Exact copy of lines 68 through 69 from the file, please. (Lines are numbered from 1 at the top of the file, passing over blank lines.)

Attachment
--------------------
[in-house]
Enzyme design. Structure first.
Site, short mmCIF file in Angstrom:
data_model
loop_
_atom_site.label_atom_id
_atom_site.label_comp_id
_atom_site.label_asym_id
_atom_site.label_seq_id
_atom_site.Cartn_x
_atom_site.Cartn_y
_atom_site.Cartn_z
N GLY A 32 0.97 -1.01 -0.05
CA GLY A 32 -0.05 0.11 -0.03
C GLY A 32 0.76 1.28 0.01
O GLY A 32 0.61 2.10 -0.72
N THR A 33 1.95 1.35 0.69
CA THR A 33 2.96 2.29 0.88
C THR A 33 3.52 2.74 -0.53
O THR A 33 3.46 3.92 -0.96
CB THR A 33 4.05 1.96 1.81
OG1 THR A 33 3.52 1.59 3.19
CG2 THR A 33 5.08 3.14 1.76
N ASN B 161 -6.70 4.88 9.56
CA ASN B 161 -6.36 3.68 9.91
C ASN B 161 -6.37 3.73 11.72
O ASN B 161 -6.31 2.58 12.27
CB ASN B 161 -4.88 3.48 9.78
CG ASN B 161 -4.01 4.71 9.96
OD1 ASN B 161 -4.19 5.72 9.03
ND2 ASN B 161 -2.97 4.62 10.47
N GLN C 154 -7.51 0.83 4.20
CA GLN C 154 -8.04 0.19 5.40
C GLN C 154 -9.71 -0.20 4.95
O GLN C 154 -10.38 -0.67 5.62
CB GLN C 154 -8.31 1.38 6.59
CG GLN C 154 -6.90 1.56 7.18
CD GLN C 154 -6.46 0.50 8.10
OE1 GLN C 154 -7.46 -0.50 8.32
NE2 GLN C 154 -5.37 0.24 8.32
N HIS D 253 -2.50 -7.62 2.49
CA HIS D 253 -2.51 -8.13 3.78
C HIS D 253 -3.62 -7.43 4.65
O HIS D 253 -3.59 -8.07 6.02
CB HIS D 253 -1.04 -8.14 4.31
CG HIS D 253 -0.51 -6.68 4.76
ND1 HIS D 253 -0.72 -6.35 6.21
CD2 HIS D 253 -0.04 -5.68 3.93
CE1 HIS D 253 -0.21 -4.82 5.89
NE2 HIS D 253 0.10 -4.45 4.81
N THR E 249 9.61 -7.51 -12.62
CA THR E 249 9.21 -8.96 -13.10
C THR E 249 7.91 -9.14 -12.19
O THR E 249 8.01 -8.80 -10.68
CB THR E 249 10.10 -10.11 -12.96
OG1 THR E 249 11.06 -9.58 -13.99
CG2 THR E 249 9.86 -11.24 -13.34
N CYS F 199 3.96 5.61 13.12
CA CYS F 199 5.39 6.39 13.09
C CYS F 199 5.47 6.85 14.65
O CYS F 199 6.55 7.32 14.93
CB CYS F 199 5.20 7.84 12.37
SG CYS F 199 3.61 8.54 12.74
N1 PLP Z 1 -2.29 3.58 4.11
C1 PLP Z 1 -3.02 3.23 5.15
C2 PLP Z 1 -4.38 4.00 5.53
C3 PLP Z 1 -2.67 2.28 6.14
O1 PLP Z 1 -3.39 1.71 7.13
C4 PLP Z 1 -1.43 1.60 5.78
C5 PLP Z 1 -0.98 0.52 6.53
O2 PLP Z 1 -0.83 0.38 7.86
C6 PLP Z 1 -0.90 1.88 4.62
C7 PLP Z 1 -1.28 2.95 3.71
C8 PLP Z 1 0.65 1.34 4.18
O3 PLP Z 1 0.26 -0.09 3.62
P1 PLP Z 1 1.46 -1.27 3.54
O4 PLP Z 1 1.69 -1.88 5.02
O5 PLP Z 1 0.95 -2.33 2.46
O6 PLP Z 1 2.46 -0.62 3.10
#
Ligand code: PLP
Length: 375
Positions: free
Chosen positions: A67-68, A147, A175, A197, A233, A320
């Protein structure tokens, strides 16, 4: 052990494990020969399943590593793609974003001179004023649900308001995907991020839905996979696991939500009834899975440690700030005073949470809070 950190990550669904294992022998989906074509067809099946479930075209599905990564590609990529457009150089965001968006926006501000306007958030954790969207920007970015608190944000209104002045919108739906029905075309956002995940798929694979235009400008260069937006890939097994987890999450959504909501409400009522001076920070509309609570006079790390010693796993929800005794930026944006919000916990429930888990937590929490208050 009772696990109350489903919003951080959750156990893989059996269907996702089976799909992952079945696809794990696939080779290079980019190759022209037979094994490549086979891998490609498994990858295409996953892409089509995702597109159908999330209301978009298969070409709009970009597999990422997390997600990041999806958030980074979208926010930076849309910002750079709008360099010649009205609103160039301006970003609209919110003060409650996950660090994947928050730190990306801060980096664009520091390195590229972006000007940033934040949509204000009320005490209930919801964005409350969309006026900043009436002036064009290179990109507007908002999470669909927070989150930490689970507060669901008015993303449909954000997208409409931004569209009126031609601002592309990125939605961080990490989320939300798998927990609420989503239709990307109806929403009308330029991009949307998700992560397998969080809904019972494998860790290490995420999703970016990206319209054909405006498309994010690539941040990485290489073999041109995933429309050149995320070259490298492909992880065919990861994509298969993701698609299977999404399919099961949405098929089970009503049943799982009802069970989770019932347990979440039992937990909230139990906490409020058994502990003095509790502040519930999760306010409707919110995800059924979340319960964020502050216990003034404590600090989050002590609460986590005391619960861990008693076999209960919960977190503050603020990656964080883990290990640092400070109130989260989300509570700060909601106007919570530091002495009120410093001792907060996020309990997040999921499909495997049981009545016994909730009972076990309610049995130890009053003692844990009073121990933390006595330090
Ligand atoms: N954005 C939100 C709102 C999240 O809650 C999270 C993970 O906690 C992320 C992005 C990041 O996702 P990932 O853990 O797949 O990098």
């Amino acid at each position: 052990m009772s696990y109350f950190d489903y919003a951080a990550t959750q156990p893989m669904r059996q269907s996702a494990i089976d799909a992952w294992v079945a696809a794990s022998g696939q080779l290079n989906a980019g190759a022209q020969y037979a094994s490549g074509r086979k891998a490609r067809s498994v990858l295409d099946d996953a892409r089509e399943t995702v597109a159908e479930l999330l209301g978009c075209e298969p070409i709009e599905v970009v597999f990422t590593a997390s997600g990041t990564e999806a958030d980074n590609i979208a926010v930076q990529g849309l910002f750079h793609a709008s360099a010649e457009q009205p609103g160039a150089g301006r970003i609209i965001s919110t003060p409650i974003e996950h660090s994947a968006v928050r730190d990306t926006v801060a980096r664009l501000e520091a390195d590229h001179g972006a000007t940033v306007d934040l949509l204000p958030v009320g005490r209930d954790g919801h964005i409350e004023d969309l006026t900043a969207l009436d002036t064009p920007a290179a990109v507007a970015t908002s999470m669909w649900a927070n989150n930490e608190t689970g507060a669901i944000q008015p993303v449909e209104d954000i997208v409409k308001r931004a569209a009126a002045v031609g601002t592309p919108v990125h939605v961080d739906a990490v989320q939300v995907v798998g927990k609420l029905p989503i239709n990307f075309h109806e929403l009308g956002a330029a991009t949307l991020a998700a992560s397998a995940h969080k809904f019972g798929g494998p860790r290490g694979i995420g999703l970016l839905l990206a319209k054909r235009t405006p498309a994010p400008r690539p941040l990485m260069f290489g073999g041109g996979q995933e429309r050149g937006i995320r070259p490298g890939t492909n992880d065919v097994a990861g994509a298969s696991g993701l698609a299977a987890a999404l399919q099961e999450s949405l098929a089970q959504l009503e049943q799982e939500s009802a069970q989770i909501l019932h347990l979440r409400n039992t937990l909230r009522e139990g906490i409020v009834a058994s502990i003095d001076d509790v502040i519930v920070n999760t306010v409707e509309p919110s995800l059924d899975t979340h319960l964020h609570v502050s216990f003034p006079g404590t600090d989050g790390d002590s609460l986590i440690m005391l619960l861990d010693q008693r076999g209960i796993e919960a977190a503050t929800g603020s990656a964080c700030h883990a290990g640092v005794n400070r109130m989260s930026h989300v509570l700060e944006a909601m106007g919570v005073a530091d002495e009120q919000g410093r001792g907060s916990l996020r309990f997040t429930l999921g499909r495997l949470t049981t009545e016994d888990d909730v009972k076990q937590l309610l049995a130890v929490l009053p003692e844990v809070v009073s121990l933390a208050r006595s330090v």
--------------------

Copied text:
O1 PLP Z 1 -3.39 1.71 7.13
C4 PLP Z 1 -1.43 1.60 5.78